String creator_type "institution";
    String creator_url "https://www.bco-dmo.org/";
    String data_source "extract_data_as_tsv version 2.3  19 Dec 2019";
    String dataset_current_state "Final and no updates";
    String date_created "2019-06-20T18:36:54Z";
    String date_modified "2020-06-29T13:05:31Z";
    String defaultDataQuery "&amp;time&lt;now";
    String doi "10.26008/1912/bco-dmo.771594.1";
    String history 
"2022-09-28T19:29:33Z (local files)
2022-09-28T19:29:33Z https://erddap.bco-dmo.org/tabledap/bcodmo_dataset_771594.das";
    String infoUrl "https://www.bco-dmo.org/dataset/771594";
    String institution "BCO-DMO";
    String instruments_0_acronym "Fluorometer";
    String instruments_0_dataset_instrument_description "Used for fluorometric analyses of extracted chlorophyll.";
    String instruments_0_dataset_instrument_nid "771604";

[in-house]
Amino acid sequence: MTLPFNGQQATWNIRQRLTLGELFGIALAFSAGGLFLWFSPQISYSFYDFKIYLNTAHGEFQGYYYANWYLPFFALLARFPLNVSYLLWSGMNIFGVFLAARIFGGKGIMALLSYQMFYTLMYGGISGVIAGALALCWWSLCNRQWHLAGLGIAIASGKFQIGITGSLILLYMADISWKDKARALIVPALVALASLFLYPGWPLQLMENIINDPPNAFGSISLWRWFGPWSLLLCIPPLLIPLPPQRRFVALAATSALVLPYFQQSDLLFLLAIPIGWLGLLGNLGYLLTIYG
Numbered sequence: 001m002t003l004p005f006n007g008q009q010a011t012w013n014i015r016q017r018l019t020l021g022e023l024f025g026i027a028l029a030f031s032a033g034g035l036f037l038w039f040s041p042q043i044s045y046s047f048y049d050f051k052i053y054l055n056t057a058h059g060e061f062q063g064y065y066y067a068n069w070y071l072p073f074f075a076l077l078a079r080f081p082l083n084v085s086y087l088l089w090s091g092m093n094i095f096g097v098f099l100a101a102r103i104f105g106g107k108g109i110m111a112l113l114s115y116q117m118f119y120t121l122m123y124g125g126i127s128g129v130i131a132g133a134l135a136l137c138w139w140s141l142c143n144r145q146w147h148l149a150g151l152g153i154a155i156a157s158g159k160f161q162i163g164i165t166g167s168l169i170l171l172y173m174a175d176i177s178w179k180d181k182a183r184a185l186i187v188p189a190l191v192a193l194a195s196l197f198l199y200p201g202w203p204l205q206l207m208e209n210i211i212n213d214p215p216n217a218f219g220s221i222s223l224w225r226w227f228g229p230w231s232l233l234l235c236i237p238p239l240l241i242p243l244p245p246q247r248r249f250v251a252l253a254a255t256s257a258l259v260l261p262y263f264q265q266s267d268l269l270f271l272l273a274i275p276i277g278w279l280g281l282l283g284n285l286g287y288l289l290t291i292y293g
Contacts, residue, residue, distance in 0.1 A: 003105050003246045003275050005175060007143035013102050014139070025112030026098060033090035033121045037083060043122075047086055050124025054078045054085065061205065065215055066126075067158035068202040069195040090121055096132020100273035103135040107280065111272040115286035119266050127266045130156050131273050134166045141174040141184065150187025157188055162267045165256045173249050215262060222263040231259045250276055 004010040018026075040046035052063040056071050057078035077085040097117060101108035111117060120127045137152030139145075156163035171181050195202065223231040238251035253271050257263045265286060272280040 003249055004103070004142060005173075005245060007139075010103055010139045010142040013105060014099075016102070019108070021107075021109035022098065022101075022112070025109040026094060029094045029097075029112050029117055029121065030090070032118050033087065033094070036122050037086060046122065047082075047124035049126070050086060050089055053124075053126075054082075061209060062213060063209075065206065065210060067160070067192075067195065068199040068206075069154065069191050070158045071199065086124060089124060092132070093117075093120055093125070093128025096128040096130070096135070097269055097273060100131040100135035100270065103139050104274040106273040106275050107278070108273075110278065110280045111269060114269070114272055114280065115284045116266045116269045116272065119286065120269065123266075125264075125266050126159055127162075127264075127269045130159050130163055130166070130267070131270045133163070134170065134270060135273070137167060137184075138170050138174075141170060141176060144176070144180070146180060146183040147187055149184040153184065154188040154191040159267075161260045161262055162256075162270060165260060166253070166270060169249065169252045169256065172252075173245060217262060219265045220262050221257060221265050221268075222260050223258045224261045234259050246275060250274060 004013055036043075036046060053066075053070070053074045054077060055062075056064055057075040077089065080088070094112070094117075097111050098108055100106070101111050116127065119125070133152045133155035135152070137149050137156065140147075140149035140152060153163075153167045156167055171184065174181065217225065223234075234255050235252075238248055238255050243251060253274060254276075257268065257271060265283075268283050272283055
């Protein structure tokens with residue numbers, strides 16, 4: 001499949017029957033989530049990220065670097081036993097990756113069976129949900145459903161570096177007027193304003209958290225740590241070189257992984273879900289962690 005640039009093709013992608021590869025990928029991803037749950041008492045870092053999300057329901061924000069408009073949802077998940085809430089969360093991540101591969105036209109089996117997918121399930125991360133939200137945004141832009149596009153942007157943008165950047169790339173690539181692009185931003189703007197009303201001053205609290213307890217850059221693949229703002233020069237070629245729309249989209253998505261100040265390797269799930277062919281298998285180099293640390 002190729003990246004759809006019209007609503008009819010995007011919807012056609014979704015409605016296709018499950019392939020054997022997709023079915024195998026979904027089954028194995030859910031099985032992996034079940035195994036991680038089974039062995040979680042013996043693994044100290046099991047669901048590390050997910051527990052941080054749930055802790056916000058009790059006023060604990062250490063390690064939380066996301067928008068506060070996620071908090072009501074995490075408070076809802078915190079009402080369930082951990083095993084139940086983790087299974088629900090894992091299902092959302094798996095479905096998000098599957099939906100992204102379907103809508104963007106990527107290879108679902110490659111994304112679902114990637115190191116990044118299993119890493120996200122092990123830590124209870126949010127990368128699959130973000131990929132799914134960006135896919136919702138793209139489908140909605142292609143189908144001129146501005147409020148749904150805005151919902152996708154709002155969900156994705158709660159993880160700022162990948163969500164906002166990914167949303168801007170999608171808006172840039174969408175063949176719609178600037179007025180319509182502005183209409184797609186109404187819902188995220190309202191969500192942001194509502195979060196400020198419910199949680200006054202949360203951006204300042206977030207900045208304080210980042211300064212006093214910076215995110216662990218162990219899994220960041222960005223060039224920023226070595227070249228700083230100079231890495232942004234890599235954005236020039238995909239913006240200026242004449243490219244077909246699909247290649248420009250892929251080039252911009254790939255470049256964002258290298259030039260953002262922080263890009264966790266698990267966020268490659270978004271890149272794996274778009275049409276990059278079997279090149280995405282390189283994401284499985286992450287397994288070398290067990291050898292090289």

String instruments_0_description "A fluorometer or fluorimeter is a device used to measure parameters of fluorescence: its intensity and wavelength distribution of emission spectrum after excitation by a certain spectrum of light. The instrument is designed to measure the amount of stimulated electromagnetic radiation produced by pulses of electromagnetic radiation emitted into a water sample or in situ.";
    String instruments_0_instrument_external_identifier "https://vocab.nerc.ac.uk/collection/L05/current/113/";
    String instruments_0_instrument_name "Fluorometer";
    String instruments_0_instrument_nid "484";
    String instruments_0_supplied_name "Turner 700 fluorometer";
    String instruments_1_acronym "CHN_EA";
    String instruments_1_dataset_instrument_description "Used for analysis of total organic carbon content.";
    String instruments_1_dataset_instrument_nid "771606";
    String instruments_1_description "A CHN Elemental Analyzer is used for the determination of carbon, hydrogen, and  nitrogen content in organic and other types of materials, including  solids, liquids, volatile, and viscous samples.";
    String instruments_1_instrument_name "CHN Elemental Analyzer";